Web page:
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Historic England Research Records

Monument Number 1466857

Hob Uid: 1466857
Location :
Devon
North Devon
Brendon and Countisbury
Grid Ref : SS7452049530
Summary : A probable water meadow of 19th century date, of a type known locally as a catchwork or field-gutter system, is visible as two parallel ditches on aerial photographs, to the south Countisbury village. Catchwork systems are usually found on steep combe sides or hill slopes and are designed to irrigate pasture by diverting water from a spring or stream along the slope via a series of roughly parallel water channels or gutters. When irrigation was required the gutters were blocked, causing water to overflow, thereby irrigating the slopes. This film of water prevented the ground freezing during the winter and raised the temperature of the grass in the spring, thereby encouraging early growth, particularly important during the hungry gap of the March and April.
More information : A post-medieval water meadow of a type known locally as a catchwork or field gutter system is visible on aerial photographs as at least two water channels on the north-west facing slope of South Hill, to the south of Countisbury. The water channels, also known as gutters, are centred on circa SS 74524953.
Catchwork systems are usually found on steep combe sides and are designed to irrigate pasture by diverting water from a spring or stream along the valley sides via a series of channels or gutters. This water meadow system is unlikely to have been fed from the spring at circa SS 74464951, as it is downslope from the gutters, but it is probable a second spring issues closer to the gutters.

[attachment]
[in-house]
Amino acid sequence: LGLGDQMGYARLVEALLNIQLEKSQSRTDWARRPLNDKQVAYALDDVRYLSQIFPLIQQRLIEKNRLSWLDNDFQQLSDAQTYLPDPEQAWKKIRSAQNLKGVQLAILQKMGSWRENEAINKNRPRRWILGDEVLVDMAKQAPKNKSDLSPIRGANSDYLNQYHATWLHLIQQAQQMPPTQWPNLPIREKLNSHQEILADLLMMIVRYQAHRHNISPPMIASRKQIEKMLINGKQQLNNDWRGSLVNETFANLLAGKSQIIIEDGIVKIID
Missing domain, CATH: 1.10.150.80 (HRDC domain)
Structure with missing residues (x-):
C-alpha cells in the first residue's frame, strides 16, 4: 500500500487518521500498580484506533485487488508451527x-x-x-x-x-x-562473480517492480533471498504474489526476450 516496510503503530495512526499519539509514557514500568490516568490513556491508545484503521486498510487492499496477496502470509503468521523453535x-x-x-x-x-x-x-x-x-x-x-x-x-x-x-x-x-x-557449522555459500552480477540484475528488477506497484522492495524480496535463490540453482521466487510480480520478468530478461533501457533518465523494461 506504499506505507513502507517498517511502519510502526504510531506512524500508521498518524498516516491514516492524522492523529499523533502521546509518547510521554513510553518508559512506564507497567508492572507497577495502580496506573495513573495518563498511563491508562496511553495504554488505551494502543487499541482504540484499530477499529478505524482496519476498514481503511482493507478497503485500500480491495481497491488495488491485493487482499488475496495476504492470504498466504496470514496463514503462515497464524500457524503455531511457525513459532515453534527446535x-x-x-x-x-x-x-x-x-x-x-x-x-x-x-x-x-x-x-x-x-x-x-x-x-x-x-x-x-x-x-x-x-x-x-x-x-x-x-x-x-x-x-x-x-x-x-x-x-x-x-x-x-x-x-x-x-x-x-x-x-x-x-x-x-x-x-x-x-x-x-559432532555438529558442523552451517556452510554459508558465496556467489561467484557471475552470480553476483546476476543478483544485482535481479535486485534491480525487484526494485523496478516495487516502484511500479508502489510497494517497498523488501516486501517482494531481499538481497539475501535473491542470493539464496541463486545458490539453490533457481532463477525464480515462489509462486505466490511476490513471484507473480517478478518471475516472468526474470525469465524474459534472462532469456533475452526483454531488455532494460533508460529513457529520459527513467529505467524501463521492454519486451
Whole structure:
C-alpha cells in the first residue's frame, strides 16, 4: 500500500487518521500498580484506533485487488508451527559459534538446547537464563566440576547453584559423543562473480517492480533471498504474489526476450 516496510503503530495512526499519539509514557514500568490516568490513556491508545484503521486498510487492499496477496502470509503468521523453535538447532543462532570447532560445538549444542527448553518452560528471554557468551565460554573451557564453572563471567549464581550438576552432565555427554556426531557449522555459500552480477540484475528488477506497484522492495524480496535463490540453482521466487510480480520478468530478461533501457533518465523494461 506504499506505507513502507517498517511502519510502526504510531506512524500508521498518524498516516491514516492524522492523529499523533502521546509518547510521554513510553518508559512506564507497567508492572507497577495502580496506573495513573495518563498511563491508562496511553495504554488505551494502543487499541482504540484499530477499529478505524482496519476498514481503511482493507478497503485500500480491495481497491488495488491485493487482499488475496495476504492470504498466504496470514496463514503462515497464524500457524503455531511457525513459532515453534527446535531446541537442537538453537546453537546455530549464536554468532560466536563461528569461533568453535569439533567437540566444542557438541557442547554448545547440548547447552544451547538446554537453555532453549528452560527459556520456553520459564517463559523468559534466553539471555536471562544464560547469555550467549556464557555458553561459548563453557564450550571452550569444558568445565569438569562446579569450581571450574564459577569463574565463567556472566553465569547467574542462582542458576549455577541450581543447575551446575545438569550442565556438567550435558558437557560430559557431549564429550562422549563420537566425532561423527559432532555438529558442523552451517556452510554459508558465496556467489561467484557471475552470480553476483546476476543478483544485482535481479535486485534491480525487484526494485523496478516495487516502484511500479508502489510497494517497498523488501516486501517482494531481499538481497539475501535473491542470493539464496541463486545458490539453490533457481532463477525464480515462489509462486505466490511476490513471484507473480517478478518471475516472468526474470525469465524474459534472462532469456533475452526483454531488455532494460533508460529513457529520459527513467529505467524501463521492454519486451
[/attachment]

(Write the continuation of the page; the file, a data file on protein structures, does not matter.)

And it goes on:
When irrigation was required the gutters were blocked, causing water to overflow, thereby irrigating the slopes. This film of water prevented the ground freezing during the winter and raised the temperature of the grass in the spring, thereby encouraging early growth, particularly important during the hungry gap of the March and April. Any excess water then returned to the feeder stream at the valley bottom or was removed by a tail drain. The use of roughly parallel gutters to improve the coverage, as seen here, is a common feature of Exmoor systems.
This system is an example of a `detached system¿, where the water meadow distributes only what fertiliser is carried to it. (1-4)

Sources :
Source Number : 1
Source : Vertical aerial photograph reference number
Source details : RAF 106G/UK/1655 (F20) 3147-8 11-JUL-1946
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Source Number : 2
Source : Vertical aerial photograph reference number
Source details : NMR OS/95026 053-4 12-MAR-1995
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Source Number : 3
Source : Externally held archive reference
Source details : Taylor, C. (2007) The Archaeology of Water Meadows, in Water Meadows; History, Ecology and Conservation, eds. Cook. H. & Williamson, T.
Page(s) : 1
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Source Number : 4
Source : Externally held archive reference
Source details : Cook. H. & Williamson, T. (2007) Introducing Water Meadows, in Water Meadows; History, Ecology and Conservation, eds. Cook. H. & Williamson, T.
Page(s) : 28-29
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Monument Types:
Monument Period Name : Post Medieval
Display Date : Post Medieval
Monument End Date : 1901
Monument Start Date : 1540
Monument Type : Water Meadow
Evidence : Earthwork

Components and Objects:
Related Records from other datasets:
External Cross Reference Source : National Monuments Record Number
External Cross Reference Number : SS 74 NW 210
External Cross Reference Notes :

Related Warden Records :
Related Activities :
Associated Activities : Primary, ENGLISH HERITAGE: EXMOOR NATIONAL PARK NMP
Activity type : AERIAL PHOTOGRAPH INTERPRETATION
Start Date : 2007-04-01
End Date : 2009-07-01